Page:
Took this photo for a blog post for Craftsy but it's out of focus so I won't use it after all. I'm planning on a post about winding weft packages and when using a stick shuttle, I always wind the weft only over one edge of the shuttle in a figure 8.
I often see people recommending winding over both edges and around the middle which effectively makes a very fat weft package. I'm told it's to cram as much weft onto the shuttle as possible.
Unfortunately that isn't really the best way to do it, in my opinion. So, some free advice - and remember what free advice is worth!
By winding the weft in a figure 8 over one edge of the shuttle, the yarn builds up at the back of the shuttle and most of it lies on the top. My stick shuttles are Leclerc brand, and I think you can clearly see that they are beveled on the leading edge. By winding the weft on the other side, the 'spine' of the shuttle, in a figure 8, the shuttle can be used as a beater when weaving on a loom without one. By putting the majority of the yarn on the top of the shuttle, the bottom is mostly wood, which will glide much more easily than yarn rubbing against yarn.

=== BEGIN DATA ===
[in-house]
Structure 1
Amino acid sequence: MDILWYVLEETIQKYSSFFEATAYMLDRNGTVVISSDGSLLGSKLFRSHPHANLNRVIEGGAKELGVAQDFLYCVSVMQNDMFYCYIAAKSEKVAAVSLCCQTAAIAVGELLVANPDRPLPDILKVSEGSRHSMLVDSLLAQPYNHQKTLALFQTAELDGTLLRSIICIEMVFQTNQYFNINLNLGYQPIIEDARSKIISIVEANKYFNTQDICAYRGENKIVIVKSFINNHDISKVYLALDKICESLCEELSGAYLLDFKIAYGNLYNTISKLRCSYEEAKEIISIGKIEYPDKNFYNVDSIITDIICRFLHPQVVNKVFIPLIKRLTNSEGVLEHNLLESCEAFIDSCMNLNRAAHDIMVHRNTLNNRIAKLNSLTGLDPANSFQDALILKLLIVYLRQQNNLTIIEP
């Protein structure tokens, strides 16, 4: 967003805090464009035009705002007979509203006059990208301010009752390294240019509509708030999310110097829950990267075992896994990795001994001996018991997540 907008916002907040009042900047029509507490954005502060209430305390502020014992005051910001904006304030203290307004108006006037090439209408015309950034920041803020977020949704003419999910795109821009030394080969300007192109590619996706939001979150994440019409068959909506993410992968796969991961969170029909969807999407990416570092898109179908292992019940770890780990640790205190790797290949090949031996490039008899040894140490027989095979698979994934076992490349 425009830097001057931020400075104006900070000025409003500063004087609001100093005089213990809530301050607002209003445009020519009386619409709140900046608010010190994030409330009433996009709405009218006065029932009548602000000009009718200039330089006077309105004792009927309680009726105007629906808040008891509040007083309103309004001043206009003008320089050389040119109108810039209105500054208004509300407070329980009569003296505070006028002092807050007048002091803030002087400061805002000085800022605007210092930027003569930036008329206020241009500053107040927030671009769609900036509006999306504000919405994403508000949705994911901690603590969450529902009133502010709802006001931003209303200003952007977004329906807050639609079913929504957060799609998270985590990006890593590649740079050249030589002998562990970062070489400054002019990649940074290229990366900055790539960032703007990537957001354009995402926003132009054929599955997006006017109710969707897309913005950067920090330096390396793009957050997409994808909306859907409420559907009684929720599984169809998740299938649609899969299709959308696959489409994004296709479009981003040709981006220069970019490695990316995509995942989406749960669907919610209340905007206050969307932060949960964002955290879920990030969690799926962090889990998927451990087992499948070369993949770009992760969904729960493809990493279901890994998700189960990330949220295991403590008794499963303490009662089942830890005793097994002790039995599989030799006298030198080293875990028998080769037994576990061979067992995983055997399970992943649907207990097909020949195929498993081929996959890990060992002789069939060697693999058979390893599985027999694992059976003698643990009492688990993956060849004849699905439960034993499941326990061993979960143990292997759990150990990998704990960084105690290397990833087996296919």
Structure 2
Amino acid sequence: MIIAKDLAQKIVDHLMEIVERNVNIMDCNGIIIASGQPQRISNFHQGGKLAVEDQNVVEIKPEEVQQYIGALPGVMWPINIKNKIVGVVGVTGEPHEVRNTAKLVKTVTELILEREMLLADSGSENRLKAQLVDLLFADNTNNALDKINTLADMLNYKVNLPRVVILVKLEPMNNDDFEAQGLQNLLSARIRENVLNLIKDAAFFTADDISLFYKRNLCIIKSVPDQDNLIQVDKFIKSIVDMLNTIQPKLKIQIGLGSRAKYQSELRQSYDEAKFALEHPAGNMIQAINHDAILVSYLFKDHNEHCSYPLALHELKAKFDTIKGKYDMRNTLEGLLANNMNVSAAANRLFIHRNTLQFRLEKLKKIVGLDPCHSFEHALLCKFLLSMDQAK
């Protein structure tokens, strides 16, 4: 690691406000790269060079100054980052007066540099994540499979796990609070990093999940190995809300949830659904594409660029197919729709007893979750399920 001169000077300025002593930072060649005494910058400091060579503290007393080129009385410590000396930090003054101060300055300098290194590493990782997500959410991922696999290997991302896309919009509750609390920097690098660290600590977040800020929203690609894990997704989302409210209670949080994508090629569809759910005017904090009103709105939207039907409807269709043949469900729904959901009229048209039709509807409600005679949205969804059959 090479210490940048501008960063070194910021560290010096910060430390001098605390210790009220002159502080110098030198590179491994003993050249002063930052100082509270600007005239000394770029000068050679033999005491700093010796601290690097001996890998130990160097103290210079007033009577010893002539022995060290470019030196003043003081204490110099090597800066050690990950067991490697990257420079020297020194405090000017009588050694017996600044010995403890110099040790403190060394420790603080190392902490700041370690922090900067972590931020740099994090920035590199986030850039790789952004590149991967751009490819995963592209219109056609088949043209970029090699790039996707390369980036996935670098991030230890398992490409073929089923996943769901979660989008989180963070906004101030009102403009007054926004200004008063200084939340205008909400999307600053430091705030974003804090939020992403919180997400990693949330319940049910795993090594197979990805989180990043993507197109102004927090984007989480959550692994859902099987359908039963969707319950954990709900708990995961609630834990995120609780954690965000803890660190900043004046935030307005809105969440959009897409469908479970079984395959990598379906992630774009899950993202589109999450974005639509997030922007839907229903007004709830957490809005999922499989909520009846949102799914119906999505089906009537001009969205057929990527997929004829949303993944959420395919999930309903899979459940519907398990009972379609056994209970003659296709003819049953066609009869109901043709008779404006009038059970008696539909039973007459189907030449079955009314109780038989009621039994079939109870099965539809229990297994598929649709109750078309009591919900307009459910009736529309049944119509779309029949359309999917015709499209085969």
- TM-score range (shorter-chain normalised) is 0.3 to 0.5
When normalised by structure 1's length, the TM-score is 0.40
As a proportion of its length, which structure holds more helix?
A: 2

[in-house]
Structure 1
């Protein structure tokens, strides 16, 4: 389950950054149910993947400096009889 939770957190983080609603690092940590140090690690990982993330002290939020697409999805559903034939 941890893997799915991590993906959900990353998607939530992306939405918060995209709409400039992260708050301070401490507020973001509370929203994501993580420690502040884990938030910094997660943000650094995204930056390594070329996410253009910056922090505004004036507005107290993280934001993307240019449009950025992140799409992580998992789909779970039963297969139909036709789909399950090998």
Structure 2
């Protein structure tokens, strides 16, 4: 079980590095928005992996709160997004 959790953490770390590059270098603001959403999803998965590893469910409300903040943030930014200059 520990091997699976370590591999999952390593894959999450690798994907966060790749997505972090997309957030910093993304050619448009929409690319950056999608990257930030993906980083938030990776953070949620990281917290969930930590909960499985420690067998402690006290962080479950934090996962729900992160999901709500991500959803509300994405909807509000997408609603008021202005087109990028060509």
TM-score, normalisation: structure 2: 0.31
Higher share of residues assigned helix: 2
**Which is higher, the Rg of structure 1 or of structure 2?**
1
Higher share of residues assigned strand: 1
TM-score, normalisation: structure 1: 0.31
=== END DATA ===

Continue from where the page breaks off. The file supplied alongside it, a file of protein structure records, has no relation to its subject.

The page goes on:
The weft package takes on a wedge shape which closely matches the shape of the shed.
All in all it just makes more sense to me to work with the tools and yarn. A stick shuttle wound with a great big fat weft package will not go through the shed easily, will abrade the yarn, both on the shuttle and the warp and in the end is a form of 'hurrying' which really isn't very efficient.
Every yarn has a beginning and an end. Learn how to deal with joins and ultimately, again in my opinion, make weaving a lot more enjoyable by winding smaller more efficient weft packages. And that includes bobbins, quills and pirns.